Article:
There are many immigration detention facilities throughout the nation, including some in Kentucky. If you are an immigrant or have friends or relatives who are, you may be aware that many detention centers are falling short of acceptable safety and health conditions. In fact, news headlines often include stories of filth, negligence, abuse, and illnesses and injuries immigrants have suffered at the hands of immigration agents.
A Russian man in another state who is currently detained decided to go on a hunger strike to protest the ill treatment he and his fellow inmates have suffered. He has not eaten for nearly 30 days and is not alone in his actions; as many as 60 immigrants have joined in solidarity to participate in the strike to raise awareness that they deserve better medical care. Attorneys have taken action to protect the man’s First Amendment rights, and such support is available for anyone facing similar problems.
Here’s what’s happening
Immigration and Customs Enforcement officers have threatened to force-feed the man who has not taken food for almost a month. Legal representatives advocating on the man’s behalf petitioned the court for a temporary restraining order against ICE officers. The attorneys say that punishing hunger strikers by force-feeding or by placing them in solitary confinement, etc., violates their rights to make decisions about their own medical care to exercise free speech.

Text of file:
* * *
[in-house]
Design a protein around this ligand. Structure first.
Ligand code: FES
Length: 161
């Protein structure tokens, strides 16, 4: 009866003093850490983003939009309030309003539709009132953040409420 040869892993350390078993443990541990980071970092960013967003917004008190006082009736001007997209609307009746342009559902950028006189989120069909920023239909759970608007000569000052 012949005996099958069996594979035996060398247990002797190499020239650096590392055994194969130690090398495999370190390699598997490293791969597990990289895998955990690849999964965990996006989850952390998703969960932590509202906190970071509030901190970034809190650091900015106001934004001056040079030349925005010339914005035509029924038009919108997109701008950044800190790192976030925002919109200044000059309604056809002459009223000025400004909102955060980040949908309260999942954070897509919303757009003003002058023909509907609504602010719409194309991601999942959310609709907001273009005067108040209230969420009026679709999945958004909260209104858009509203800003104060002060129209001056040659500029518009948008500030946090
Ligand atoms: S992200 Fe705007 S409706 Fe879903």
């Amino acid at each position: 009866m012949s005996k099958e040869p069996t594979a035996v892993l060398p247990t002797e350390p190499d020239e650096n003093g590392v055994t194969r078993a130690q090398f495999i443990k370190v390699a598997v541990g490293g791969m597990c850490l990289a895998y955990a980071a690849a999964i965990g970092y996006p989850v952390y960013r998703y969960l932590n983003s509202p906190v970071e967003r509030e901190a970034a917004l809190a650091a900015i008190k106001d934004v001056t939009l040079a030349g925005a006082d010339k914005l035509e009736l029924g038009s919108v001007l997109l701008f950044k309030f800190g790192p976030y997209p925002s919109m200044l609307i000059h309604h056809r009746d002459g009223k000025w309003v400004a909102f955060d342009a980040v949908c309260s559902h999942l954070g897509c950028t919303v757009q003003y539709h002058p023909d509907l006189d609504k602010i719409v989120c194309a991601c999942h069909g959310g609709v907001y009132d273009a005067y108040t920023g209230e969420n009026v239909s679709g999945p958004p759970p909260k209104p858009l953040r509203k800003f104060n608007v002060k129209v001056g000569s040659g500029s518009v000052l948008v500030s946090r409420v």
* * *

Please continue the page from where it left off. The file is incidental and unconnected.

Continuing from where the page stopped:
ICE officials disagree
In response to the request for a temporary restraining order, ICE spokesmen stated that there have been numerous past occasions when they obtained permission from the court to induce involuntary hydration, medical monitoring and feeding. One official says there are at least six court orders under seal pertaining to such matters.
The issue that prompted the hunger strike
A fire broke out about a mile away from the detention center where the Russian man and his fellow inmates reside. Local authorities issued warnings that the fire involved lithium batteries and that people should remain indoors because breathing in the smoke could be dangerous to human health. The problem is that no one warned the detainees. One advocate said the grave lack of concern for immigrants’ well-being is a main factor in the Russian man’s and his fellow inmates’ decision to abstain from food as a form of protest.
Whether you are a Kentucky immigrant who is currently living in a detention center or a family member or friend concerned about a loved one’s well-being, remember that the First Amendment protects people’s rights to exercise free speech. An experienced immigration law attorney can provide strong support to anyone who believes his or her rights are at risk.